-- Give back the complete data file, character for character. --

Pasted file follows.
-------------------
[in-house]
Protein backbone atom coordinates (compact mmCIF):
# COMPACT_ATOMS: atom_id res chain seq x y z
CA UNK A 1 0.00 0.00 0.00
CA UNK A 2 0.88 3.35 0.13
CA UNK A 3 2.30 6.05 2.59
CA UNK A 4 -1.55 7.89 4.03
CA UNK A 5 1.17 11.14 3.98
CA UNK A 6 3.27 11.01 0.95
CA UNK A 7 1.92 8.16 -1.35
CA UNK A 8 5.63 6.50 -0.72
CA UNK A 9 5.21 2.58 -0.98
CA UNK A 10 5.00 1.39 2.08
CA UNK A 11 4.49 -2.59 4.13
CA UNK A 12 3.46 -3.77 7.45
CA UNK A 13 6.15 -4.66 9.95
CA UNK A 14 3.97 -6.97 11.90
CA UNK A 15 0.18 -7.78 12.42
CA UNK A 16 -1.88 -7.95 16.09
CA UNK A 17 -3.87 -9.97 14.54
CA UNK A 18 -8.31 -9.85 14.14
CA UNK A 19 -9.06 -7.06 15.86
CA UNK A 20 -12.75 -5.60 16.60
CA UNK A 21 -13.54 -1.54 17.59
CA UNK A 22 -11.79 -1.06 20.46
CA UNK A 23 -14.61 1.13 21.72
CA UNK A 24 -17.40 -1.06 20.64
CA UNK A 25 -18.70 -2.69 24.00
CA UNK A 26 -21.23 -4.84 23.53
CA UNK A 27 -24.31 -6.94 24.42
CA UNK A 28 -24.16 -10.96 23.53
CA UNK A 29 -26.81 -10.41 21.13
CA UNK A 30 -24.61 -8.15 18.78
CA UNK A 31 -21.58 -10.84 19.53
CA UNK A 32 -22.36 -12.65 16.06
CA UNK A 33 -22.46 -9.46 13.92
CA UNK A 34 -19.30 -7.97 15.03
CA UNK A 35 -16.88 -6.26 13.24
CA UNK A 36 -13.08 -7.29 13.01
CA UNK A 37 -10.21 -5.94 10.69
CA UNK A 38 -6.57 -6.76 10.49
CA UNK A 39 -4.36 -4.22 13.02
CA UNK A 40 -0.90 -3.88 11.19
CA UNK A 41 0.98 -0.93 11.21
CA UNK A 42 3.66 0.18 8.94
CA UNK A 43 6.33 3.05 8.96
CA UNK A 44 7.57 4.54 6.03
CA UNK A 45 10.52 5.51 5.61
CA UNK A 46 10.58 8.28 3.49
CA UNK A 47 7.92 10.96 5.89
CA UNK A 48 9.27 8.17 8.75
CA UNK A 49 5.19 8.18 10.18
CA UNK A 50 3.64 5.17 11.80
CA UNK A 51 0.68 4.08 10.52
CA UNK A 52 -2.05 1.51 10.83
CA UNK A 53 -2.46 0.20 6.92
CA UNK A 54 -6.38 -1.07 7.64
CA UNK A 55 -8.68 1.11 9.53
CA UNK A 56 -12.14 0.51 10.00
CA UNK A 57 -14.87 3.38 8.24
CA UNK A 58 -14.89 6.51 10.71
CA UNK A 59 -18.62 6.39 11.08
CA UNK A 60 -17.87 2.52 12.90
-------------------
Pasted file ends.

[in-house]
Protein backbone atom coordinates (compact mmCIF):
# COMPACT_ATOMS: atom_id res chain seq x y z
CA UNK A 1 0.00 0.00 0.00
CA UNK A 2 0.88 3.35 0.13
CA UNK A 3 2.30 6.05 2.59
CA UNK A 4 -1.55 7.89 4.03
CA UNK A 5 1.17 11.14 3.98
CA UNK A 6 3.27 11.01 0.95
CA UNK A 7 1.92 8.16 -1.35
CA UNK A 8 5.63 6.50 -0.72
CA UNK A 9 5.21 2.58 -0.98
CA UNK A 10 5.00 1.39 2.08
CA UNK A 11 4.49 -2.59 4.13
CA UNK A 12 3.46 -3.77 7.45
CA UNK A 13 6.15 -4.66 9.95
CA UNK A 14 3.97 -6.97 11.90
CA UNK A 15 0.18 -7.78 12.42
CA UNK A 16 -1.88 -7.95 16.09
CA UNK A 17 -3.87 -9.97 14.54
CA UNK A 18 -8.31 -9.85 14.14
CA UNK A 19 -9.06 -7.06 15.86
CA UNK A 20 -12.75 -5.60 16.60
CA UNK A 21 -13.54 -1.54 17.59
CA UNK A 22 -11.79 -1.06 20.46
CA UNK A 23 -14.61 1.13 21.72
CA UNK A 24 -17.40 -1.06 20.64
CA UNK A 25 -18.70 -2.69 24.00
CA UNK A 26 -21.23 -4.84 23.53
CA UNK A 27 -24.31 -6.94 24.42
CA UNK A 28 -24.16 -10.96 23.53
CA UNK A 29 -26.81 -10.41 21.13
CA UNK A 30 -24.61 -8.15 18.78
CA UNK A 31 -21.58 -10.84 19.53
CA UNK A 32 -22.36 -12.65 16.06
CA UNK A 33 -22.46 -9.46 13.92
CA UNK A 34 -19.30 -7.97 15.03
CA UNK A 35 -16.88 -6.26 13.24
CA UNK A 36 -13.08 -7.29 13.01
CA UNK A 37 -10.21 -5.94 10.69
CA UNK A 38 -6.57 -6.76 10.49
CA UNK A 39 -4.36 -4.22 13.02
CA UNK A 40 -0.90 -3.88 11.19
CA UNK A 41 0.98 -0.93 11.21
CA UNK A 42 3.66 0.18 8.94
CA UNK A 43 6.33 3.05 8.96
CA UNK A 44 7.57 4.54 6.03
CA UNK A 45 10.52 5.51 5.61
CA UNK A 46 10.58 8.28 3.49
CA UNK A 47 7.92 10.96 5.89
CA UNK A 48 9.27 8.17 8.75
CA UNK A 49 5.19 8.18 10.18
CA UNK A 50 3.64 5.17 11.80
CA UNK A 51 0.68 4.08 10.52
CA UNK A 52 -2.05 1.51 10.83
CA UNK A 53 -2.46 0.20 6.92
CA UNK A 54 -6.38 -1.07 7.64
CA UNK A 55 -8.68 1.11 9.53
CA UNK A 56 -12.14 0.51 10.00
CA UNK A 57 -14.87 3.38 8.24
CA UNK A 58 -14.89 6.51 10.71
CA UNK A 59 -18.62 6.39 11.08
CA UNK A 60 -17.87 2.52 12.90